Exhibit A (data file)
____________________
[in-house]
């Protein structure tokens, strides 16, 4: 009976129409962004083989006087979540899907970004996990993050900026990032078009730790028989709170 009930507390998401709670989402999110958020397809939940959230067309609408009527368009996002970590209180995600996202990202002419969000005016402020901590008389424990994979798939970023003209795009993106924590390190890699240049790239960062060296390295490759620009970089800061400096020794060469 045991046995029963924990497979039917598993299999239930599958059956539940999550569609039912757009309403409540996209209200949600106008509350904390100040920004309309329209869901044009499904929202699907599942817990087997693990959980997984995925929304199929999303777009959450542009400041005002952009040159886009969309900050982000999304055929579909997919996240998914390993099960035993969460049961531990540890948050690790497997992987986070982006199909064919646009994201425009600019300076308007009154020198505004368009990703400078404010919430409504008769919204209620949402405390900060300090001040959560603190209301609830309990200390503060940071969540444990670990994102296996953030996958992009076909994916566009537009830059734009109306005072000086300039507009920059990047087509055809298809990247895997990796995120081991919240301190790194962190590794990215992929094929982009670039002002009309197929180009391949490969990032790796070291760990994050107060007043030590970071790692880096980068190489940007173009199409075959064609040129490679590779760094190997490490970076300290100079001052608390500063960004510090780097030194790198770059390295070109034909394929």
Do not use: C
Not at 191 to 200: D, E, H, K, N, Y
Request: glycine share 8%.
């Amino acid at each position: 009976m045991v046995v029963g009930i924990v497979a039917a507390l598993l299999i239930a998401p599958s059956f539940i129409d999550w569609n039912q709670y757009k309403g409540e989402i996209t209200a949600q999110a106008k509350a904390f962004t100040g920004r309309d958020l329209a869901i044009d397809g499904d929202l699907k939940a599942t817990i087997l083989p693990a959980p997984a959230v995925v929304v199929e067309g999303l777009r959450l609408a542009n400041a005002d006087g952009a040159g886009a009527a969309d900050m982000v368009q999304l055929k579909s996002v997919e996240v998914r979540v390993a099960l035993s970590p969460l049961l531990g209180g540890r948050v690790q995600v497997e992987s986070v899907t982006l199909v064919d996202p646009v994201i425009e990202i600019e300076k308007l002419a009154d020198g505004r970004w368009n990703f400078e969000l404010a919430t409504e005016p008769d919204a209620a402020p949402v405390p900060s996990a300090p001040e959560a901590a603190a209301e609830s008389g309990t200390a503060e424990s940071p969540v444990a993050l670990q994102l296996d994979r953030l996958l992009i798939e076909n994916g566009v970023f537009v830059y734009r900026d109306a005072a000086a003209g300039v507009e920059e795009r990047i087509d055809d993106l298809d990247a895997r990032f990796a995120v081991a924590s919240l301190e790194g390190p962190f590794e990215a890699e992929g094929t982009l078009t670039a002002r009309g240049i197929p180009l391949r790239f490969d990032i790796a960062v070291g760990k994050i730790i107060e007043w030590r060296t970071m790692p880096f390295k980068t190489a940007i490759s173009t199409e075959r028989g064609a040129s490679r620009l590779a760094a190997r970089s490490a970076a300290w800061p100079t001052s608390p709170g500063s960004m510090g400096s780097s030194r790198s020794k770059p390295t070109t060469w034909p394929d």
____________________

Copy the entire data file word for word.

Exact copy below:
[in-house]
């Protein structure tokens, strides 16, 4: 009976129409962004083989006087979540899907970004996990993050900026990032078009730790028989709170 009930507390998401709670989402999110958020397809939940959230067309609408009527368009996002970590209180995600996202990202002419969000005016402020901590008389424990994979798939970023003209795009993106924590390190890699240049790239960062060296390295490759620009970089800061400096020794060469 045991046995029963924990497979039917598993299999239930599958059956539940999550569609039912757009309403409540996209209200949600106008509350904390100040920004309309329209869901044009499904929202699907599942817990087997693990959980997984995925929304199929999303777009959450542009400041005002952009040159886009969309900050982000999304055929579909997919996240998914390993099960035993969460049961531990540890948050690790497997992987986070982006199909064919646009994201425009600019300076308007009154020198505004368009990703400078404010919430409504008769919204209620949402405390900060300090001040959560603190209301609830309990200390503060940071969540444990670990994102296996953030996958992009076909994916566009537009830059734009109306005072000086300039507009920059990047087509055809298809990247895997990796995120081991919240301190790194962190590794990215992929094929982009670039002002009309197929180009391949490969990032790796070291760990994050107060007043030590970071790692880096980068190489940007173009199409075959064609040129490679590779760094190997490490970076300290100079001052608390500063960004510090780097030194790198770059390295070109034909394929």
Do not use: C
Not at 191 to 200: D, E, H, K, N, Y
Request: glycine share 8%.
């Amino acid at each position: 009976m045991v046995v029963g009930i924990v497979a039917a507390l598993l299999i239930a998401p599958s059956f539940i129409d999550w569609n039912q709670y757009k309403g409540e989402i996209t209200a949600q999110a106008k509350a904390f962004t100040g920004r309309d958020l329209a869901i044009d397809g499904d929202l699907k939940a599942t817990i087997l083989p693990a959980p997984a959230v995925v929304v199929e067309g999303l777009r959450l609408a542009n400041a005002d006087g952009a040159g886009a009527a969309d900050m982000v368009q999304l055929k579909s996002v997919e996240v998914r979540v390993a099960l035993s970590p969460l049961l531990g209180g540890r948050v690790q995600v497997e992987s986070v899907t982006l199909v064919d996202p646009v994201i425009e990202i600019e300076k308007l002419a009154d020198g505004r970004w368009n990703f400078e969000l404010a919430t409504e005016p008769d919204a209620a402020p949402v405390p900060s996990a300090p001040e959560a901590a603190a209301e609830s008389g309990t200390a503060e424990s940071p969540v444990a993050l670990q994102l296996d994979r953030l996958l992009i798939e076909n994916g566009v970023f537009v830059y734009r900026d109306a005072a000086a003209g300039v507009e920059e795009r990047i087509d055809d993106l298809d990247a895997r990032f990796a995120v081991a924590s919240l301190e790194g390190p962190f590794e990215a890699e992929g094929t982009l078009t670039a002002r009309g240049i197929p180009l391949r790239f490969d990032i790796a960062v070291g760990k994050i730790i107060e007043w030590r060296t970071m790692p880096f390295k980068t190489a940007i490759s173009t199409e075959r028989g064609a040129s490679r620009l590779a760094a190997r970089s490490a970076a300290w800061p100079t001052s608390p709170g500063s960004m510090g400096s780097s030194r790198s020794k770059p390295t070109t060469w034909p394929d």